HSMs and conflict avoidance
I have never dealt with conflict very well. With males conflict is often the only way to settle things. Whether that constitutes violence or overly aggressive behavior, it often results in determining male pecking order. Conflict avoidance is often a big deal with HSMs. We are caught between our egos, our cultural programming and our natural tendency to be overwhelmed with the tidal wave of emotions surrounding argument or conflict. It’s not an easy place to be.
I’m not sure if the problem is a deep seeded fear of being physically hurt, i.e., getting punched, or the guilt of hurting someone else or even having in the end to say we are sorry for even going down that path. But I know for me, the minute conflict arises, and man, do we ever know when that happens, the brain starts to go into scramble mode. Sensory data is flooding in and our thoughtful processing ceases to function, the feeling of freezing up occurs and the inability to act calmly and collectedly shuts down. In other words, we become overwhelmed.
The brain shutting down in mid argument does not show well in conflict situations. That too is an embarrassment. Often we take the high ground for defensive reasons or employ other tactics, many of which are ineffective.
Passive aggressive behavior as a failed strategy in conflict situations
I know for myself that often I go into a habituated withdrawal, which of course is seen as being passive- aggressive. Perhaps, that’s true, by all definitions, but seems a bit broadly defined, when one is acting in a defensive posture, as opposed to purposeful manipulation. Another label might be cowardly, especially for men. Either way, both labels, have negative connotations, and perhaps, highlight the fact that it is almost universally agreed that conflict avoidance is a failed strategy for dealing with differences.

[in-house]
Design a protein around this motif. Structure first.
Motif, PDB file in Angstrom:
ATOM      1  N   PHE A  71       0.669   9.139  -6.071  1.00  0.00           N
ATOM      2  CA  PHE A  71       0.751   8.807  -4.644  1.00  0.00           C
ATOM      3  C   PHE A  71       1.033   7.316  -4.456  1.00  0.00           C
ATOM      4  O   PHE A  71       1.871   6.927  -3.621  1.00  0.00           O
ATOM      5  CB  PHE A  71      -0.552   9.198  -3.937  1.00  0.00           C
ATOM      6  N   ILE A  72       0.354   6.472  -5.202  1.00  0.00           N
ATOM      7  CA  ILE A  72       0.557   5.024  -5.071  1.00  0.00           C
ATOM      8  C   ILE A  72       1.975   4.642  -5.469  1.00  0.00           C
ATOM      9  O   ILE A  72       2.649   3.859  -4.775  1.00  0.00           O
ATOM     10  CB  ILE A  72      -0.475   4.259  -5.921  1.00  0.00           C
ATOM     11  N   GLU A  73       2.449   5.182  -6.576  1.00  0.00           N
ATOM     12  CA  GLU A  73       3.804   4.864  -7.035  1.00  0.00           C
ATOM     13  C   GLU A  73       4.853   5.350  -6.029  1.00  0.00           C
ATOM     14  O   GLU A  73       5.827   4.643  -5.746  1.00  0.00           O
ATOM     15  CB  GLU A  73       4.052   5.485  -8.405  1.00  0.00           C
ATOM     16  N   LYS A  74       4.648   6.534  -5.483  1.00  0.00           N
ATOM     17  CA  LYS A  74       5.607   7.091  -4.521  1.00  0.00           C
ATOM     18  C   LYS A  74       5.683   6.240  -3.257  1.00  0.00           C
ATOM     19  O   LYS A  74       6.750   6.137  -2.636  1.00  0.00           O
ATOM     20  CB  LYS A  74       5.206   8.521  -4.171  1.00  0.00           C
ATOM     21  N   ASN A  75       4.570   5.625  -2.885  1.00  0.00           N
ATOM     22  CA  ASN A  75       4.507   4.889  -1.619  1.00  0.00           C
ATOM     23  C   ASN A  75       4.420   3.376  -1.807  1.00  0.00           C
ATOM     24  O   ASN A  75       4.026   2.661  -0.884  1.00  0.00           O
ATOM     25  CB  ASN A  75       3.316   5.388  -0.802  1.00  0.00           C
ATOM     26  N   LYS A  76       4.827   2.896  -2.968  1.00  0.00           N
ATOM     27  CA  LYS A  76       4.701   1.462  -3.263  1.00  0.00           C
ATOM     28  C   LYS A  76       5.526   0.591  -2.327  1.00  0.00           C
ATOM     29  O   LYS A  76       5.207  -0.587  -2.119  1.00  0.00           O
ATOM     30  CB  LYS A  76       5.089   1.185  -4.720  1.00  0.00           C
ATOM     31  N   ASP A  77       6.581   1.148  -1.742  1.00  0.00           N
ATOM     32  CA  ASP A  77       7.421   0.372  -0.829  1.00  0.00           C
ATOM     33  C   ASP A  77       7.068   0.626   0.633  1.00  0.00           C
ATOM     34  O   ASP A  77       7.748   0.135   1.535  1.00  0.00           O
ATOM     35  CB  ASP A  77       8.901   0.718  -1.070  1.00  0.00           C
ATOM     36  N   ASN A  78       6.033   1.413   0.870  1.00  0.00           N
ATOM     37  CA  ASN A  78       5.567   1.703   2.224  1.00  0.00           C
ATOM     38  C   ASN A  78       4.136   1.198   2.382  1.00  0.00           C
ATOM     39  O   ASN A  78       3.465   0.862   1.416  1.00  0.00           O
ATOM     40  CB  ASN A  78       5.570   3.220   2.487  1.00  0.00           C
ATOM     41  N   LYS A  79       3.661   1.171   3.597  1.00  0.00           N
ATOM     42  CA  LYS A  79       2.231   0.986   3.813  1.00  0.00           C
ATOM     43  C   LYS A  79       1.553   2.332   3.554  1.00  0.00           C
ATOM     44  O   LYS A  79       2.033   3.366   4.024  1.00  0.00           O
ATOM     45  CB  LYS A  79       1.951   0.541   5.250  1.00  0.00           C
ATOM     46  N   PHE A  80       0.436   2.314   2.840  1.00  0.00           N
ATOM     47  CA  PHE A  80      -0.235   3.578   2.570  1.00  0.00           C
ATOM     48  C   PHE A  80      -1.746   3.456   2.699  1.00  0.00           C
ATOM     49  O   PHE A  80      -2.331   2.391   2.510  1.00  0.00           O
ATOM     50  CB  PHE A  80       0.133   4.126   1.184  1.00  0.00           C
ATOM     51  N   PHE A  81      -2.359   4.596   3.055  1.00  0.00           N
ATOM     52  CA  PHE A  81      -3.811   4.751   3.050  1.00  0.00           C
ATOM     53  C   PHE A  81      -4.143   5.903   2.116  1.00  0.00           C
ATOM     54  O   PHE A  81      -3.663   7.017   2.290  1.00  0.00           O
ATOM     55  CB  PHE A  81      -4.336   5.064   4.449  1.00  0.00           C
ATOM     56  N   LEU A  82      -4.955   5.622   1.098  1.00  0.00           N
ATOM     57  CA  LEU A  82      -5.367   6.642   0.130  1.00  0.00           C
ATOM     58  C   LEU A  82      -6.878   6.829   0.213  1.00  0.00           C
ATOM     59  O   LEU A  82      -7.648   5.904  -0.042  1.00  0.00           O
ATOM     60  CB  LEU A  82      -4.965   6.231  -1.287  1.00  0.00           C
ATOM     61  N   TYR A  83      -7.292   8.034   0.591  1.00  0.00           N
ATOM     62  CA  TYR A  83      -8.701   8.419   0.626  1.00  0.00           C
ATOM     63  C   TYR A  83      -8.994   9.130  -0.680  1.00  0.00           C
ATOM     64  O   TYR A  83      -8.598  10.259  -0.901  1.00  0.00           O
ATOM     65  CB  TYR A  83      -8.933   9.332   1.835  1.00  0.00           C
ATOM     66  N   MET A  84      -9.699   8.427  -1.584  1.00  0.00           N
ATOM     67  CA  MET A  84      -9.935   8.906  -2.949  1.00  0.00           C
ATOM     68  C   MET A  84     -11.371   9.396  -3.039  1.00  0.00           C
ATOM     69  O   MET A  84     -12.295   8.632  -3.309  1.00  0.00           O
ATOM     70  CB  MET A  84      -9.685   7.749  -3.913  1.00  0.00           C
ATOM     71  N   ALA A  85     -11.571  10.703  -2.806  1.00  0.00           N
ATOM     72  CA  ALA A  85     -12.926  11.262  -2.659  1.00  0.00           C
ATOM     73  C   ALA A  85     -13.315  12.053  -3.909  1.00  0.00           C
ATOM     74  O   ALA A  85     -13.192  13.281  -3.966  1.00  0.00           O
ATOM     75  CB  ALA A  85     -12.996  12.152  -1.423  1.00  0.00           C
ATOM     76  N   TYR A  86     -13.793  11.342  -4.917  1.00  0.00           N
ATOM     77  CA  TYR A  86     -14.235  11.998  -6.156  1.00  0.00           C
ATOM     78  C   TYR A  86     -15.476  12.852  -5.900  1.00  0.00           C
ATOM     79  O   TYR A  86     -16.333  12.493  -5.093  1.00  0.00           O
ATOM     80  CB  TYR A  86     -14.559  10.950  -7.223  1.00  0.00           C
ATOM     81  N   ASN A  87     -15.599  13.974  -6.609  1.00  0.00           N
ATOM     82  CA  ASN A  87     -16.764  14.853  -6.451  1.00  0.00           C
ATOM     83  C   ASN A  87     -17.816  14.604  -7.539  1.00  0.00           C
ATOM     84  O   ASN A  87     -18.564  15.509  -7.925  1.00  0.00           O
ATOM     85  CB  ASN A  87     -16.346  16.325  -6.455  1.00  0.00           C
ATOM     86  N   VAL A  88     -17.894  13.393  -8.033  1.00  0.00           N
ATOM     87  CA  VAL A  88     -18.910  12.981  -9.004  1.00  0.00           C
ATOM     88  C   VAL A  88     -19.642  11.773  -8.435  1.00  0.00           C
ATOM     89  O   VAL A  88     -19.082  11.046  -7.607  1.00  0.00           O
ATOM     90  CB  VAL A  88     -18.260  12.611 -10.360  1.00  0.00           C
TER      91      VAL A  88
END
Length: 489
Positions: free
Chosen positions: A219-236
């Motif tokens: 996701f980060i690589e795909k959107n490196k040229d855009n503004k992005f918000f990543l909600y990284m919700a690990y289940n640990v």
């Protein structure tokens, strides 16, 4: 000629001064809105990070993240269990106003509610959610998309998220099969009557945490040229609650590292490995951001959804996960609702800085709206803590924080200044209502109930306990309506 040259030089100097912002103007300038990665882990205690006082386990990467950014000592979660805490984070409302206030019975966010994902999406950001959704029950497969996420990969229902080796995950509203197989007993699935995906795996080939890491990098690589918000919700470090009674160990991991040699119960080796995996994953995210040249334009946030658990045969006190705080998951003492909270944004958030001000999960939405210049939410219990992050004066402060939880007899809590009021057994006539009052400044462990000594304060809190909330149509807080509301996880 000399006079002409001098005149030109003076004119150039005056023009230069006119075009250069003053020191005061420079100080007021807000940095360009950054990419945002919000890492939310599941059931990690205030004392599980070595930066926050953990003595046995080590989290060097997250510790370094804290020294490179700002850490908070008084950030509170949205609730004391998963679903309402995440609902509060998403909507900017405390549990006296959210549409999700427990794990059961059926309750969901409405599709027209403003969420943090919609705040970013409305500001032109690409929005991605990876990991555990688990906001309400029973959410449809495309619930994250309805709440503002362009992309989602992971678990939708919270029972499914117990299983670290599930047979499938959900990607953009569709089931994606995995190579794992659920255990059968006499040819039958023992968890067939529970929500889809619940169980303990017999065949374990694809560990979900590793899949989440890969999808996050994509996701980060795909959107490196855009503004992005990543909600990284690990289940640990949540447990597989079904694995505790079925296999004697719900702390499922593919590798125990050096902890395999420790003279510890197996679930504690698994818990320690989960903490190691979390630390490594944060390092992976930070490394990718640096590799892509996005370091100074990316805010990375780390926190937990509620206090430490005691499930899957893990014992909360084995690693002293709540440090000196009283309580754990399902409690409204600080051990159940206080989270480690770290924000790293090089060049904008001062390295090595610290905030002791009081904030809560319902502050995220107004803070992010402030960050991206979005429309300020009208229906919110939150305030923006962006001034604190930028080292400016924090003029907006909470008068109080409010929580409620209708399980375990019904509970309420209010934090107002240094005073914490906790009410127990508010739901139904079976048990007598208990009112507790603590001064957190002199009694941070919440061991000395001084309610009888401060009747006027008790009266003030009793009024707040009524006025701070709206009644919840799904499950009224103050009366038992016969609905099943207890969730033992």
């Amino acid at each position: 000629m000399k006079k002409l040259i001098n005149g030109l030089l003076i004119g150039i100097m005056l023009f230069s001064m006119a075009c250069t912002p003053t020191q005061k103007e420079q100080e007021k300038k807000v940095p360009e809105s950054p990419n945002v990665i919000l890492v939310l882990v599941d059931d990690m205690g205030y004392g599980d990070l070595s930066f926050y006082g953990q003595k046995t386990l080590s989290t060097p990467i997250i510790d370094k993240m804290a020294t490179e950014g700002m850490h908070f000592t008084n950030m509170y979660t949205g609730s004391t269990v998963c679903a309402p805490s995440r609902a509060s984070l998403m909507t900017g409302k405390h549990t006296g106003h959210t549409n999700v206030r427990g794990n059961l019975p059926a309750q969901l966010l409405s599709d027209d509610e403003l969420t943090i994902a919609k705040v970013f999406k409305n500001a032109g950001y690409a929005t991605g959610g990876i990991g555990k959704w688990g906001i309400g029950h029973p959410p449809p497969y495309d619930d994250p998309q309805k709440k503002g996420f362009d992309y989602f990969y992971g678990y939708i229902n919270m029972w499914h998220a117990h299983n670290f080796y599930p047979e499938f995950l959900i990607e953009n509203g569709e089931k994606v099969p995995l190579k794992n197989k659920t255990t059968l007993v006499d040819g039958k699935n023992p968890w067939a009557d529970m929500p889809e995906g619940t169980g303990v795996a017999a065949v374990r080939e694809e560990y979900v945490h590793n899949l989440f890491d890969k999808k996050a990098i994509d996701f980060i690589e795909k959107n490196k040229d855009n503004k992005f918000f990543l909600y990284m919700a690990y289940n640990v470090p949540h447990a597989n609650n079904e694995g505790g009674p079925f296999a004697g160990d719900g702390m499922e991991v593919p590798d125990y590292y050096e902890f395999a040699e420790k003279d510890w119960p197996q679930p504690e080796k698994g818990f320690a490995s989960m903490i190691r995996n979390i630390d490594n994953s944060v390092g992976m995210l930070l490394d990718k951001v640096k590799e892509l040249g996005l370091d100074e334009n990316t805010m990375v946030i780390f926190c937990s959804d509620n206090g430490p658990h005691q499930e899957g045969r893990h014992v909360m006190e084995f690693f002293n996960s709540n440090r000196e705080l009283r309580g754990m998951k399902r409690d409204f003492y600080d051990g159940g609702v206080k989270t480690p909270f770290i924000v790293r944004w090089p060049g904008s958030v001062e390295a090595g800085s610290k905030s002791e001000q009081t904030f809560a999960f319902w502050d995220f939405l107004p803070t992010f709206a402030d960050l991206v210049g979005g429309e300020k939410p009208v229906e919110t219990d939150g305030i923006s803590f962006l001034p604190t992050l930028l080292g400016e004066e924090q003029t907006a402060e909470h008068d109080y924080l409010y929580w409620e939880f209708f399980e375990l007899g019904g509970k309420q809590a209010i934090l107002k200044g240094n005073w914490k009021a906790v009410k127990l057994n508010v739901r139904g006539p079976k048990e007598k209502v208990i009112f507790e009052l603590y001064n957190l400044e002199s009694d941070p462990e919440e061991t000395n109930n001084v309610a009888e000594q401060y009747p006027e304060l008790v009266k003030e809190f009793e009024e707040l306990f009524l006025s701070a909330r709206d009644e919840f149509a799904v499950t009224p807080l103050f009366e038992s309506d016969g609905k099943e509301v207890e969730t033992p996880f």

Retreating from conflict to avoid conflict is dooming the HSM to a life of fear of facing the raw emotions associated with heated “debate.” Yeah, we get overwhelmed, but the impacts are huge. Relationships, business dealings, online interactions, political debates with friends and family, work and home environments are all affected. So, yes, it’s a big deal.
But how does conflict avoidance make us overly dramatic or passive-aggressive?
The cultural ideal/role model for men shows little or no emotion, except in anger – where the alpha male, warrior/protector emerges. Being overwhelmed in conflict, well, makes you, shall we say, less than ideal or less than masculine (the Barney Fife syndrome). Like Barney we don’t have any bullets in our gun.
However, avoiding conflict is also avoiding practice at working out life’s little dramas. Make a footnote of that. As for myself, when pushed I will defend my territory or my position, but I don’t actively seek conflict. When the buttons are pushed; I tend to overreact, which of course, makes it all seem overly dramatic.
The reality on conflict
I have a perfectionist view with my ego, which has hampered my whole life experience. I don’t like positioning myself for failure. To me, arguments mean failure, so I simply avoid them at all costs. The reality is that life is full of conflict. Conflict is life, life is drama, and drama is conflict. Allowing fear to drive avoidance of conflict is not living life. Conflict is an inevitable part of life and should not be avoided.